Independent toilet hygiene – meaningful or purposeful?
In a recent presentation delegates and I discussed the difference and potential overlap between the terms ‘meaningful’ and ‘purposeful’ activity.
The discussion focused around whether Occupational Therapists often use the term meaningful to justify an assessment process or pay lip-service to their professional philosophy without truly reflecting on which elements of the task are important but actually purposeful. For example, a bathing assessment that focuses on supporting a client to get in and out of the bath safely is misunderstanding the meaningful element of the task. The meaning comes with the ‘why?’ rather than the ‘how?’ as we all bathe for different reasons, hygiene often being a by-product of relaxation or play for example. The transfer in and out therefore is purposeful but not meaningful.
However, what happens when something purposeful becomes inhibited? Does the purposeful task then take on meaning or as Occupational Therapists are we setting purposeful goals to achieve the meaningful occupation? When reflecting on this I used a different scenario, namely toilet hygiene, with the intention of challenging my own focus on meaningful occupation objectively.
The question therefore is, ‘is maintaining toilet hygiene meaningful or purposeful?’
Now on the surface I agree that of course it is meaningful, however, delve a little more closely into why it is important and we likely get into discussions about social norms, interaction, dignity and health/wellbeing (particularly skin integrity). So is that actual act of getting clean meaningful or is it important so that we can continue our ‘normal’ and fulfilled lives through meaningful activity?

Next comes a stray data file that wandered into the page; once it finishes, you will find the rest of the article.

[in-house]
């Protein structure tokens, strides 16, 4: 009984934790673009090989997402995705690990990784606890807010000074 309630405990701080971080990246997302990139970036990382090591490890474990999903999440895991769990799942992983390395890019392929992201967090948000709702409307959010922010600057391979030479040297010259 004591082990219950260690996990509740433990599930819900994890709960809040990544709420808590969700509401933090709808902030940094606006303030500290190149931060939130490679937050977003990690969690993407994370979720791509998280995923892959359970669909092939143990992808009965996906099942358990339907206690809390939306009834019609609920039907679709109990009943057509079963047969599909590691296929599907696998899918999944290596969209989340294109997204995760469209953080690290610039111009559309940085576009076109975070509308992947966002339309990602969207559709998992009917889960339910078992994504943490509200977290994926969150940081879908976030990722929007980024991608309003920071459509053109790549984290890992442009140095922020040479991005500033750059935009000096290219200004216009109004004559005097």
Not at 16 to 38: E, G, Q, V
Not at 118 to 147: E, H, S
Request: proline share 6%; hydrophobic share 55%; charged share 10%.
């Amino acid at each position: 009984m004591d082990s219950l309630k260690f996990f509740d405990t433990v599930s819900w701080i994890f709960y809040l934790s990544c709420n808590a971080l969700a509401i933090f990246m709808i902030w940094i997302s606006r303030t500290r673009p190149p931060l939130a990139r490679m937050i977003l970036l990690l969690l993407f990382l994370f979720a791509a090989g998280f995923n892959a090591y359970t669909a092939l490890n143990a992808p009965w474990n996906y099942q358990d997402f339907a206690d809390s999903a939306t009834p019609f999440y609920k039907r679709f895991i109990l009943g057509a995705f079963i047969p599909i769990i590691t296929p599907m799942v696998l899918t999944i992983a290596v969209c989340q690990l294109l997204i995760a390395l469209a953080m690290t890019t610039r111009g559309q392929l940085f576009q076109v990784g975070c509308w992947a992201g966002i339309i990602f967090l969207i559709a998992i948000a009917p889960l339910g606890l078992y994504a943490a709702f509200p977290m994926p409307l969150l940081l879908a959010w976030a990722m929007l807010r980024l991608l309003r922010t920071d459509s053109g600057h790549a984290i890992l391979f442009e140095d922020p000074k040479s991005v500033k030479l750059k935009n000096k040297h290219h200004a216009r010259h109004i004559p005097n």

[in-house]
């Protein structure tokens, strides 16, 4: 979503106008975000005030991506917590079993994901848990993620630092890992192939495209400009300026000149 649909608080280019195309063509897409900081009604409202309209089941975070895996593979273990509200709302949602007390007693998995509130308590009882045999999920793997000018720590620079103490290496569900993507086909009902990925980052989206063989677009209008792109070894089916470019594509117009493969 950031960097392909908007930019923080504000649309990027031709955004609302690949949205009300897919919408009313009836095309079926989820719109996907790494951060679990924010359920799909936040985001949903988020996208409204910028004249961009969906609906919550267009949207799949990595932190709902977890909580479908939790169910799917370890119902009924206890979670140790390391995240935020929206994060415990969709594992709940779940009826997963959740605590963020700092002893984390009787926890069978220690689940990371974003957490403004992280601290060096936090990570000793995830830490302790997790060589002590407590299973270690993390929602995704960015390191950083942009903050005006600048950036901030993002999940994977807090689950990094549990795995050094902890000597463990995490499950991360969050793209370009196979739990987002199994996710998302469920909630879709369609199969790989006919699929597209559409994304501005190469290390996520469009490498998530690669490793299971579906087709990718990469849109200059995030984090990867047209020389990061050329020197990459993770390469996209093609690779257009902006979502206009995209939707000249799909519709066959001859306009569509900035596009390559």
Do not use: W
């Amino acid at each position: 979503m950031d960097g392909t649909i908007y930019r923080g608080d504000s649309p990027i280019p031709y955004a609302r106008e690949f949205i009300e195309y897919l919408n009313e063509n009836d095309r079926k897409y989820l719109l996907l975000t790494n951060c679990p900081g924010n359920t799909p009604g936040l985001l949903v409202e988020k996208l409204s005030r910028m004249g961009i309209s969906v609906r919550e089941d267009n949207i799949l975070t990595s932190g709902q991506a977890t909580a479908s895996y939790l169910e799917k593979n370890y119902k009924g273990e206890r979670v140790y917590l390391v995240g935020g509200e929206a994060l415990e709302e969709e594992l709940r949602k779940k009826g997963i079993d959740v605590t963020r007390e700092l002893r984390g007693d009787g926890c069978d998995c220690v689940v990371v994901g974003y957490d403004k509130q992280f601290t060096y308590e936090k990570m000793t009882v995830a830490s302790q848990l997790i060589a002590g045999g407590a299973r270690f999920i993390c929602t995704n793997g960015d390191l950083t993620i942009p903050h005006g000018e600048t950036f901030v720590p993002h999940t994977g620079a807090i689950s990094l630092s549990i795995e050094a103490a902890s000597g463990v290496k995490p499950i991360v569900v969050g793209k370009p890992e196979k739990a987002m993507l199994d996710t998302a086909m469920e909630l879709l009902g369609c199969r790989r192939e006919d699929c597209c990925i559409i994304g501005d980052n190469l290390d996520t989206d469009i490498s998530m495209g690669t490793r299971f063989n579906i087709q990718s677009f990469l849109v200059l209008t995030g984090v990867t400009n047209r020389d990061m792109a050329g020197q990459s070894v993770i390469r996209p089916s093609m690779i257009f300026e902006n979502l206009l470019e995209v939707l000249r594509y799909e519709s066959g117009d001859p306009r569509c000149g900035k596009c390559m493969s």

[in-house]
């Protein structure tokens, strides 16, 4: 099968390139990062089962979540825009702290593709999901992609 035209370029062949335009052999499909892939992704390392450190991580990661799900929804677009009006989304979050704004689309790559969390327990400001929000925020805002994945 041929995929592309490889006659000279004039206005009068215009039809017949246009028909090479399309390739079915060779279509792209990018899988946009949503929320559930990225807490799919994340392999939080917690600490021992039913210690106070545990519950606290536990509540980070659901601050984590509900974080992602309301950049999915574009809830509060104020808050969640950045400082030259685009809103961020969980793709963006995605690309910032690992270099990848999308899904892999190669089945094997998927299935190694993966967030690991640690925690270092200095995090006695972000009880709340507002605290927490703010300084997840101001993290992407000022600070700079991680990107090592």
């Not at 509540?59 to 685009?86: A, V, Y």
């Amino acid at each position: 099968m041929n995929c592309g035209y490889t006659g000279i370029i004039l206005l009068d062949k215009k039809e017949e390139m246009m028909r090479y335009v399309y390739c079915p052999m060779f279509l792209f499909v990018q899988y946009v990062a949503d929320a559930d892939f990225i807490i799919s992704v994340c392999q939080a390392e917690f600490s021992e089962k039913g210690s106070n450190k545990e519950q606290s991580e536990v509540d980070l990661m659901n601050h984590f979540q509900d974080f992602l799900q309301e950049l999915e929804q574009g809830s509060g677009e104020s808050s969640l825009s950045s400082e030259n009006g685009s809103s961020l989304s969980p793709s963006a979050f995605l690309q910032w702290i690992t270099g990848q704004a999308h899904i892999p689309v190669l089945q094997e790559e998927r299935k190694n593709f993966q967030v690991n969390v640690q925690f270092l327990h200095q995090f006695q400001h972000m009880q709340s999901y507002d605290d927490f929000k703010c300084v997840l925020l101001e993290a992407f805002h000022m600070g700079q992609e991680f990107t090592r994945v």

Regardless of which way you go on this there is no doubting its importance or significance and I consider the possibility that it is purposeful until we have difficulty doing it at which point it takes on greater meaning.
It could be argued that it is not actually the task itself that it meaningful even in that situation but the ability to complete the task independently or with dignity. Therefore when either of those things are compromised an appropriate response is to apportion additional meaning to something that would be otherwise purposeful.
This is the reason why companies like Closomat offer such a responsive service. When their product or indeed product support is requested they understand that it is because someone is having difficulty maintaining either their independence or dignity which has an impact on every other aspect of their day. They therefore ensure that site surveys and demonstrations are conducted within 5 working days followed by a quote within 48 hours. They also respond to emergencies within 24 hours as they appreciate the impact on health & wellbeing that the inability to use equipment like the Palma Vita can cause.
The debate leads to another fundamental question, when conducting a toileting assessment what are you looking for? For this to be an Occupational Therapy assessment the assessment must focus on the meaning of the task to the individual and therefore should not simply be about the transfer. This means that every assessment should be client centred, focused on the individual differences/understanding of what is indeed meaningful. This is further supported by Closomat who provide a follow-up, termed a commissioning visit, primarily to ensure that toilet settings are meeting the individual’s requirements and preferences. I find that the term ‘commissioning visit’ has been mis-interpreted in the past, or put therapists/potential customers off given that other companies use terms such as self-commissioning. All it really means is that an engineer will call out to make any required adjustments to suit the client’s individual needs. During the follow up they will also check that the system has been installed correctly with appropriate floor fittings, electrical connections to give you further peace of mind. This doesn’t mean that the client can’t use the toilet in the mean-time, simply that Closomat can enhance the experience of each individual, supporting the Occupational Therapists client centred approach.
The debate over meaningful versus purposeful activity is an interesting one for Occupational Therapists and challenges us to reflect critically on what our focus is with clients. What we can rely on though is that a company like Closomat understand the critical nature of toilet hygiene and will support Occupational Therapists to meet their client’s critical needs and beyond.
The OT Service